These are only the early stages of insight knowledge, but they are profoundly different to intellectual knowledge. It is like someone who has learnt to swim for the very first time, and is able to keep their feet off the bottom of the pool, or swim confidently without buoyancy aids. They may be slow, and they may tire after a short distance, but they are able to rescue themselves if they should fall into the water, unlike someone who has no ability to swim.
Once mundane right view has been firmly established one will be inclined towards nibbāna, and no longer interested in the accumulation of wealth for the sake of enjoying sensual pleasures. One will become disenchanted with the usual worldly activities and turn away towards solitude, seeking out quiet places suitable for the development of concentration.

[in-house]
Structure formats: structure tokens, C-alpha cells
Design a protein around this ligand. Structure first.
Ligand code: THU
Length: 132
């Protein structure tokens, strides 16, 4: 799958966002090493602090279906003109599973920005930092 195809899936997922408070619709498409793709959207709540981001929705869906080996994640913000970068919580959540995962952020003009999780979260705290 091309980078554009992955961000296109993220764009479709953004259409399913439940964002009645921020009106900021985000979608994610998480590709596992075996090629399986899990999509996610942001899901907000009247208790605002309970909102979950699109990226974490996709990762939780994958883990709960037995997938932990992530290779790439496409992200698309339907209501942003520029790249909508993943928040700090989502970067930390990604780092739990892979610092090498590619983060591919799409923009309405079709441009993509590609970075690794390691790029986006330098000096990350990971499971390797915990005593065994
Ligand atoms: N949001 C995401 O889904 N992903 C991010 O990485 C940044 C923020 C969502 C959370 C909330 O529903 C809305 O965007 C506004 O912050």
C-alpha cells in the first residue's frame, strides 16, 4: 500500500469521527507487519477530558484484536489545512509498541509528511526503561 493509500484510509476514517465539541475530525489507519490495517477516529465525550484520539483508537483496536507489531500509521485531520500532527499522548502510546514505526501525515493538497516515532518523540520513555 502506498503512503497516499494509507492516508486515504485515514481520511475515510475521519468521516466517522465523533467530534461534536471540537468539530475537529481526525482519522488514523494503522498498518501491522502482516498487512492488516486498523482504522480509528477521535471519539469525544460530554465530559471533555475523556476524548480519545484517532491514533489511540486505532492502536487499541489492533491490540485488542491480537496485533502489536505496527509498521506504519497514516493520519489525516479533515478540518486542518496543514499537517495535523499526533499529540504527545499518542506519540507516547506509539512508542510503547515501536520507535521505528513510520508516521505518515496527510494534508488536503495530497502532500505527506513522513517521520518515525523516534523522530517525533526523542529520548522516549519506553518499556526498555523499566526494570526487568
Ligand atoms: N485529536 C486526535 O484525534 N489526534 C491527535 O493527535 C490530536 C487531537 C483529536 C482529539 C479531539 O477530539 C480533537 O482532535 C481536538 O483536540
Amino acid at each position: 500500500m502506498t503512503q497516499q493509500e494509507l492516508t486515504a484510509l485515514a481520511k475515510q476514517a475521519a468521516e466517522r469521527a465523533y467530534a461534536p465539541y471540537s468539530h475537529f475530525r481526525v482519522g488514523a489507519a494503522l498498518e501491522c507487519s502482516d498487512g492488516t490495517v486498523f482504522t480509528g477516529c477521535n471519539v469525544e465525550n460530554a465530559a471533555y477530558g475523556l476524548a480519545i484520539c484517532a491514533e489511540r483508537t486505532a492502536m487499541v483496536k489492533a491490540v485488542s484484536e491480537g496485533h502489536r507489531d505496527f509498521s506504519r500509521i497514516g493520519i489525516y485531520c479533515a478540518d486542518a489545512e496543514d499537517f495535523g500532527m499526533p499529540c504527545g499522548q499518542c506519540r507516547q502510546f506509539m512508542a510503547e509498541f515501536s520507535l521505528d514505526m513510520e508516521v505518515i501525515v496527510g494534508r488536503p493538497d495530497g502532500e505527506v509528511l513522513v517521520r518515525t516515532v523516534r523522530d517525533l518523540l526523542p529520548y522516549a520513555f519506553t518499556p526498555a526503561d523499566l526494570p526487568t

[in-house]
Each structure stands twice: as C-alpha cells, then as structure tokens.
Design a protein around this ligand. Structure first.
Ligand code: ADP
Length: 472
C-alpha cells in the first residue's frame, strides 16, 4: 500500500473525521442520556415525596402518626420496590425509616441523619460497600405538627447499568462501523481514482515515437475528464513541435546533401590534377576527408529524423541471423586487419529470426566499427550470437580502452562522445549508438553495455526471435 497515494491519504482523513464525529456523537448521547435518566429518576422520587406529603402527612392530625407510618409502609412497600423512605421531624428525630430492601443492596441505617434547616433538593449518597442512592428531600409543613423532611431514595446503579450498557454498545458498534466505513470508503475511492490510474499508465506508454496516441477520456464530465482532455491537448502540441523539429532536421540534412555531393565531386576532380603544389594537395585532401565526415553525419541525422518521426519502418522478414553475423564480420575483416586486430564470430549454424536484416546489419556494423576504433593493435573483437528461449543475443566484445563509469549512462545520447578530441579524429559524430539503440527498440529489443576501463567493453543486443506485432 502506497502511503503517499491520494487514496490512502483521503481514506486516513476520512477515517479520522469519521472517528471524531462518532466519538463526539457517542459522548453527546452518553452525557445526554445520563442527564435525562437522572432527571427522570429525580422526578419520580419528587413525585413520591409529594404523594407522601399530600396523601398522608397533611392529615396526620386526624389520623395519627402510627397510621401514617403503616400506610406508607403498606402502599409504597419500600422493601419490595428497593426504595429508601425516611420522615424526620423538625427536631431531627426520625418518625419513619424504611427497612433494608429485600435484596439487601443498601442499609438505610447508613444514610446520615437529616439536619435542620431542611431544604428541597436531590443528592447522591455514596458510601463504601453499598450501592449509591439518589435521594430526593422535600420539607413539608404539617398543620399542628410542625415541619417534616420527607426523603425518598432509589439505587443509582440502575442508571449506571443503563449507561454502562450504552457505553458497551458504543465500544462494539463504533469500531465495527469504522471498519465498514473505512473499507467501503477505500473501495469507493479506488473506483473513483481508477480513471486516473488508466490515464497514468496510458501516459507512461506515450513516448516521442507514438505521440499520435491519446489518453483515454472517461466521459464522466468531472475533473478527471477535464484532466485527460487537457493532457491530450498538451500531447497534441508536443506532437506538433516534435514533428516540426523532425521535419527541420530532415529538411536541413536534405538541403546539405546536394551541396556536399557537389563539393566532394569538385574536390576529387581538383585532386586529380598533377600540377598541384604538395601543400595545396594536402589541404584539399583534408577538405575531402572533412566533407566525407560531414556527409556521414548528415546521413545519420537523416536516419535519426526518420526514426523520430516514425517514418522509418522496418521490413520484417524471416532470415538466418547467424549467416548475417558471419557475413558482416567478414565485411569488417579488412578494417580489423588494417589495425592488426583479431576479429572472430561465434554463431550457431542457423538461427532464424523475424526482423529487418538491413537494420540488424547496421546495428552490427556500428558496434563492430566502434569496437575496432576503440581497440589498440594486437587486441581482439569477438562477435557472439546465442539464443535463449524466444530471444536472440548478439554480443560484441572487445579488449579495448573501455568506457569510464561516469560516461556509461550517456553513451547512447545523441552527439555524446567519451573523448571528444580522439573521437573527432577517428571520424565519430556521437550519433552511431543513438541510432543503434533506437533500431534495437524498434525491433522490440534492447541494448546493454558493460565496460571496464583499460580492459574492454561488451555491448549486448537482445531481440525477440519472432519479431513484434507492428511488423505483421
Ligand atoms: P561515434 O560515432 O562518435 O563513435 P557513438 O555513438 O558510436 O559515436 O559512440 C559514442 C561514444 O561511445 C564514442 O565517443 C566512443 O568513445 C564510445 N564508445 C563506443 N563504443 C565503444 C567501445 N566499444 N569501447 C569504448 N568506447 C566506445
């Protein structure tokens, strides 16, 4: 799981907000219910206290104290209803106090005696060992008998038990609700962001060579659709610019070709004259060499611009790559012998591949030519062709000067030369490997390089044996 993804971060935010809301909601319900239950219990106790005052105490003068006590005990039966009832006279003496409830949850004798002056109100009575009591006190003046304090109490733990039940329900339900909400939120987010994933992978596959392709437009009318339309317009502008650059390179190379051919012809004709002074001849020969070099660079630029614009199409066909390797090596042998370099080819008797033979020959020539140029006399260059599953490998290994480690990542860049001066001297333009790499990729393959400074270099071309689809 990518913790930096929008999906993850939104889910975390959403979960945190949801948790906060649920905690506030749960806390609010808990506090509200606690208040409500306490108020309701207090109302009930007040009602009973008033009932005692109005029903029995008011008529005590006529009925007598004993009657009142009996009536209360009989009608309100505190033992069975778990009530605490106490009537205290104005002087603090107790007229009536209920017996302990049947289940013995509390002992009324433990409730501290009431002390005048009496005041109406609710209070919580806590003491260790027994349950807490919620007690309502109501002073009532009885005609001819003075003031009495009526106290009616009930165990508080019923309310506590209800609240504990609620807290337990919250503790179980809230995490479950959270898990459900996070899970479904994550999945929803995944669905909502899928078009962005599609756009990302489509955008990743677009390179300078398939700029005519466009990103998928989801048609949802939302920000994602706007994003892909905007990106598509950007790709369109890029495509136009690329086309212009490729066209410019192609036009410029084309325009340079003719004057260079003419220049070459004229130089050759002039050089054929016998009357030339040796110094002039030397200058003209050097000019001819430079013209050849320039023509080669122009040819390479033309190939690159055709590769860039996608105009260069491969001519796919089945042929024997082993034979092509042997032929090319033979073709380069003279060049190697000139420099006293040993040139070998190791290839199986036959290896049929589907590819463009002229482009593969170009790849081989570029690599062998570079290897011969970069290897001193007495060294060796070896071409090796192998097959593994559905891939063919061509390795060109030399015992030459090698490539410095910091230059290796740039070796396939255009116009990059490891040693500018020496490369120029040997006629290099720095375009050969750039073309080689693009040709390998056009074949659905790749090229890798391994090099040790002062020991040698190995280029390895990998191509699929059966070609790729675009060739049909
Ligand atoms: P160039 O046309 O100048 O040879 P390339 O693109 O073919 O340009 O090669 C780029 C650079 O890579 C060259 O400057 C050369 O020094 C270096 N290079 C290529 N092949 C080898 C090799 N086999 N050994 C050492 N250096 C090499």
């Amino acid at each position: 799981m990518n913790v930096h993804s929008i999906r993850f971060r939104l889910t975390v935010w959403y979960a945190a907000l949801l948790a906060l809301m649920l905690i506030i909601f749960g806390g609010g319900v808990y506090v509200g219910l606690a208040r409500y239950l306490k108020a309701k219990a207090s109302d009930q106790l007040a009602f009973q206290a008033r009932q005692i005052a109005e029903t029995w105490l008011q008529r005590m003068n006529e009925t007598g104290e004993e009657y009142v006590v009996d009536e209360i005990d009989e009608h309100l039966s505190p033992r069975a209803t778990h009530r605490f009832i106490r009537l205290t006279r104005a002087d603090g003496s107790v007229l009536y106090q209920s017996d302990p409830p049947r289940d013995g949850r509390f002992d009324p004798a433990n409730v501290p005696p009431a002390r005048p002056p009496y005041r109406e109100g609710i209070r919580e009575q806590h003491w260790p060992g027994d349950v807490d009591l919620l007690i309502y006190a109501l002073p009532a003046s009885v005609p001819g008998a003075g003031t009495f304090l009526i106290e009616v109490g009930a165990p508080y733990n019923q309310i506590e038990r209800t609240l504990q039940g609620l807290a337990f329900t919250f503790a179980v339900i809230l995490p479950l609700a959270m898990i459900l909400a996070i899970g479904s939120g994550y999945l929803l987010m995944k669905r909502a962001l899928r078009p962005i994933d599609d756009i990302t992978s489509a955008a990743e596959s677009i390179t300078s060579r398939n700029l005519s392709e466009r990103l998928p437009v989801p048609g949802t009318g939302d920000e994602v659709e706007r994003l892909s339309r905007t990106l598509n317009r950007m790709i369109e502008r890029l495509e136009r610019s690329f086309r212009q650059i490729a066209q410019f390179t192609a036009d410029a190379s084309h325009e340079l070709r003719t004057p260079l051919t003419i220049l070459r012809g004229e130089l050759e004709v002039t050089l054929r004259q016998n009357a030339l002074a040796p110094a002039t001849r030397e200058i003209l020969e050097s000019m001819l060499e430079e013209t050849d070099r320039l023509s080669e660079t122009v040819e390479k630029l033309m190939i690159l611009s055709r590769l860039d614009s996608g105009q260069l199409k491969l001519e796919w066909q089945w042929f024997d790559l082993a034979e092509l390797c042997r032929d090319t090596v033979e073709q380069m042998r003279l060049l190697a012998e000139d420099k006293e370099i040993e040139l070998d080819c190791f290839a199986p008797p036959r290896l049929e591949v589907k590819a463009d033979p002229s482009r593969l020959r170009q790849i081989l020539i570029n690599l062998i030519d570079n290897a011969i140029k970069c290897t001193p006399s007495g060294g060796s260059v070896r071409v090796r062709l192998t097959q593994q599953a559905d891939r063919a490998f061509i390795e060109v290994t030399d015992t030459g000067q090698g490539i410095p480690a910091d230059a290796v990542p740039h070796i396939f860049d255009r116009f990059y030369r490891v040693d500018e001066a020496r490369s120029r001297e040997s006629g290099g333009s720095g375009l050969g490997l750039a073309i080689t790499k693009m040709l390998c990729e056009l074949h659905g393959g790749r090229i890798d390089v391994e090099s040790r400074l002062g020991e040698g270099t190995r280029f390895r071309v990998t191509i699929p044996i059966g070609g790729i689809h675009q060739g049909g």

The cultivation and development of concentration and insight is a lifetime job that won’t be finished until one gains the final goal of Arahantship, but one who has developed insight on the path has acquired some precious seeds of wisdom. Whenever one encounters suffering, one will know that the only way to remove suffering is to return to the practice of insight meditation and develop more awareness. One won’t resort to unskilful means such as indulging in self-pity, drinking, or pointless distractions. One will address the problem at its root by looking within at the root causes of suffering — craving and ignorance — which lie within one’s own mind. It does not help to blame others for one’s own deficiencies. Even if others are at fault, oneself is one’s sole refuge when it comes to purifying one’s own mind. No one else can do that vital task for us, not even the Buddha could if he were still living.